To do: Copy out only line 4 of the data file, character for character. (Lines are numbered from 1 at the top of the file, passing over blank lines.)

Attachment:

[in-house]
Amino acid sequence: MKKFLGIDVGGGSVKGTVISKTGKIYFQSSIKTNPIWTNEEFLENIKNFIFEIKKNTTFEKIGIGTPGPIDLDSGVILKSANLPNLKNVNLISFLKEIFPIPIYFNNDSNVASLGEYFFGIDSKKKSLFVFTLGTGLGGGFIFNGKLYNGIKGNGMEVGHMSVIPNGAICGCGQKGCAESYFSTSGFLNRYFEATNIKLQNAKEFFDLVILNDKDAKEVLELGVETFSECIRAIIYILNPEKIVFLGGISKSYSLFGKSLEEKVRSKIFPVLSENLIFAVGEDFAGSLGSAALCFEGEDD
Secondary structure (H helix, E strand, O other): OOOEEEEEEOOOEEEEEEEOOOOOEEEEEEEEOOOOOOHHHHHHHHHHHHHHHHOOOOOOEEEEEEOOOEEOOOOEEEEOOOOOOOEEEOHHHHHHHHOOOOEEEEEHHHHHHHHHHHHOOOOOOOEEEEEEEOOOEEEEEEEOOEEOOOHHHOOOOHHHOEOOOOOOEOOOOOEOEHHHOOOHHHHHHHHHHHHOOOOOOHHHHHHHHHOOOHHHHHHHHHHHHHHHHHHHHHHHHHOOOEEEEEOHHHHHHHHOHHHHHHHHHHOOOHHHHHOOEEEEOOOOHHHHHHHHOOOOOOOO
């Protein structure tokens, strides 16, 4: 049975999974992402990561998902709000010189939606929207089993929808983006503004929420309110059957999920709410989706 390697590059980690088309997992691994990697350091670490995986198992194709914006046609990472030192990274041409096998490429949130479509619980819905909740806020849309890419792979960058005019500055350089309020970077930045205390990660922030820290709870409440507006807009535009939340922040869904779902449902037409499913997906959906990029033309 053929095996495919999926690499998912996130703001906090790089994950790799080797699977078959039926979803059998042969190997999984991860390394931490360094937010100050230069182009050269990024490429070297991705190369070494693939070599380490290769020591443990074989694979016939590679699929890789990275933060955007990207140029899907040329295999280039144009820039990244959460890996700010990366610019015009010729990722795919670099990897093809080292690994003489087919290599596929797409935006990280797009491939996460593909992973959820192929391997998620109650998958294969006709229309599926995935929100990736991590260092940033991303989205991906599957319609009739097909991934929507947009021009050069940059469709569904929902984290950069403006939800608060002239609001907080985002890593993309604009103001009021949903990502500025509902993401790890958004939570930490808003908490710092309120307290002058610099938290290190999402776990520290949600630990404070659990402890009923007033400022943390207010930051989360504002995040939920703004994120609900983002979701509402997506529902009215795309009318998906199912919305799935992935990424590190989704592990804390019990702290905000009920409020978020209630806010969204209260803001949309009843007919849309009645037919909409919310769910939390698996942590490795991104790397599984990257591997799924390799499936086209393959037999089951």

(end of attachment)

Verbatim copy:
């Protein structure tokens, strides 16, 4: 049975999974992402990561998902709000010189939606929207089993929808983006503004929420309110059957999920709410989706 390697590059980690088309997992691994990697350091670490995986198992194709914006046609990472030192990274041409096998490429949130479509619980819905909740806020849309890419792979960058005019500055350089309020970077930045205390990660922030820290709870409440507006807009535009939340922040869904779902449902037409499913997906959906990029033309 053929095996495919999926690499998912996130703001906090790089994950790799080797699977078959039926979803059998042969190997999984991860390394931490360094937010100050230069182009050269990024490429070297991705190369070494693939070599380490290769020591443990074989694979016939590679699929890789990275933060955007990207140029899907040329295999280039144009820039990244959460890996700010990366610019015009010729990722795919670099990897093809080292690994003489087919290599596929797409935006990280797009491939996460593909992973959820192929391997998620109650998958294969006709229309599926995935929100990736991590260092940033991303989205991906599957319609009739097909991934929507947009021009050069940059469709569904929902984290950069403006939800608060002239609001907080985002890593993309604009103001009021949903990502500025509902993401790890958004939570930490808003908490710092309120307290002058610099938290290190999402776990520290949600630990404070659990402890009923007033400022943390207010930051989360504002995040939920703004994120609900983002979701509402997506529902009215795309009318998906199912919305799935992935990424590190989704592990804390019990702290905000009920409020978020209630806010969204209260803001949309009843007919849309009645037919909409919310769910939390698996942590490795991104790397599984990257591997799924390799499936086209393959037999089951």